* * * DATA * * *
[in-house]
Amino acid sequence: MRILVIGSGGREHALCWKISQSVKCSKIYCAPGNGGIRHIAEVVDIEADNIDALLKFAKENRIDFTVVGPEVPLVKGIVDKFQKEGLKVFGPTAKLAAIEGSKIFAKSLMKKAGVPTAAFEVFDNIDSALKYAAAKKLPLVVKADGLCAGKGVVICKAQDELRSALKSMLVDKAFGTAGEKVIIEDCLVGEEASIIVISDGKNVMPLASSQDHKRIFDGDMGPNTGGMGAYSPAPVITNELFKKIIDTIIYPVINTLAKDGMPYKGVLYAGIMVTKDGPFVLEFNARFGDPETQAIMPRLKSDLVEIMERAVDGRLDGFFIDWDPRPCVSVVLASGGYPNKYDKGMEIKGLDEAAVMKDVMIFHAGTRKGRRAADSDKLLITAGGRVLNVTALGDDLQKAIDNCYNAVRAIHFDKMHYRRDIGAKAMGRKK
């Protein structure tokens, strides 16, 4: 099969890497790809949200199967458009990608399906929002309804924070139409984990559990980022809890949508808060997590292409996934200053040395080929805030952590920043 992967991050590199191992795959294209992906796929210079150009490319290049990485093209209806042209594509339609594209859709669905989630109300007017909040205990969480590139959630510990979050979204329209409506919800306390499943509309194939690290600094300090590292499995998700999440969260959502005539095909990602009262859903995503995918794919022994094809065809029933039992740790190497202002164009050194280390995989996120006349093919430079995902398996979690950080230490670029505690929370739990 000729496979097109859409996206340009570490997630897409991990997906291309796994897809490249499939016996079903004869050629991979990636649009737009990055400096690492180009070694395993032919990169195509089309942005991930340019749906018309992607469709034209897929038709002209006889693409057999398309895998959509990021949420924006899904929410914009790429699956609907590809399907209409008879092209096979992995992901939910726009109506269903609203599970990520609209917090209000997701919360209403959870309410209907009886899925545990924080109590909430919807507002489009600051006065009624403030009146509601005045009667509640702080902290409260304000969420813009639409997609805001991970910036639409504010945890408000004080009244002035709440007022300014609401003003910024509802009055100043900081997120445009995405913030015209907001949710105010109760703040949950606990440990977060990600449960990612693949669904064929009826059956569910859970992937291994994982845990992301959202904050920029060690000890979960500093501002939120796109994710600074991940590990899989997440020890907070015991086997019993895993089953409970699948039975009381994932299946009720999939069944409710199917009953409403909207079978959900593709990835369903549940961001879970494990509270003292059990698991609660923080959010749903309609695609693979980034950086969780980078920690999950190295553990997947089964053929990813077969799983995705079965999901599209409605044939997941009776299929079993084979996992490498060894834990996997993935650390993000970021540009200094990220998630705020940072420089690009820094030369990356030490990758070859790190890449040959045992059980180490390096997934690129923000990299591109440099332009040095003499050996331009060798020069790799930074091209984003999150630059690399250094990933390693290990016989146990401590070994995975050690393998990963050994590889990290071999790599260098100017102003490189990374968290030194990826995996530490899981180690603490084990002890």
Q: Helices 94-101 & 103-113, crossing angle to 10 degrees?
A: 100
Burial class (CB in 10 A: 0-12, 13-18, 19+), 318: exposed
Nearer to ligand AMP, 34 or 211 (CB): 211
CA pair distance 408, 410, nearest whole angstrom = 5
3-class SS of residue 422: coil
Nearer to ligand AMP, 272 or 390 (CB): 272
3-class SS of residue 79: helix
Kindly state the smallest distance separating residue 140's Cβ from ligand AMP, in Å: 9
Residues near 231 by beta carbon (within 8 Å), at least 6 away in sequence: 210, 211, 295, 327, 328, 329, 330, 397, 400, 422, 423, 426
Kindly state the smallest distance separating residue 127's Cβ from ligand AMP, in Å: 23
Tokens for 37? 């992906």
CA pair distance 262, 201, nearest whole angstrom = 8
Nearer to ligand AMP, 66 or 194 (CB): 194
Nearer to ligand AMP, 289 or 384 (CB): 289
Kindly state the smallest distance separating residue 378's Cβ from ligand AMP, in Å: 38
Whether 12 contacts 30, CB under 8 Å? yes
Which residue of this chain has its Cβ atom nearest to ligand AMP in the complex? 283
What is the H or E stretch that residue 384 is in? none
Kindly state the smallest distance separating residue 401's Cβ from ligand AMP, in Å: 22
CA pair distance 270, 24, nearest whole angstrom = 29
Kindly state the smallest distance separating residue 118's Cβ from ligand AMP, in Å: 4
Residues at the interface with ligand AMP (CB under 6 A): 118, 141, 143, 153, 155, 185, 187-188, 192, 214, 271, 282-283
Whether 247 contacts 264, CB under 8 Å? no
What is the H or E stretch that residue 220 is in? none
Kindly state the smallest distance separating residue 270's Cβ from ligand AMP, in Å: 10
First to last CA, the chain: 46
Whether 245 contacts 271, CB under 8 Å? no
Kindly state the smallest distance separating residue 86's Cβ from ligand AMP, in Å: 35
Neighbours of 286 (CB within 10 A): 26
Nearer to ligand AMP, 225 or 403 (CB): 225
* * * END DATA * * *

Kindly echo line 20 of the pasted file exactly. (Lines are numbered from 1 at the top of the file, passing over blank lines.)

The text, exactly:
Whether 12 contacts 30, CB under 8 Å? yes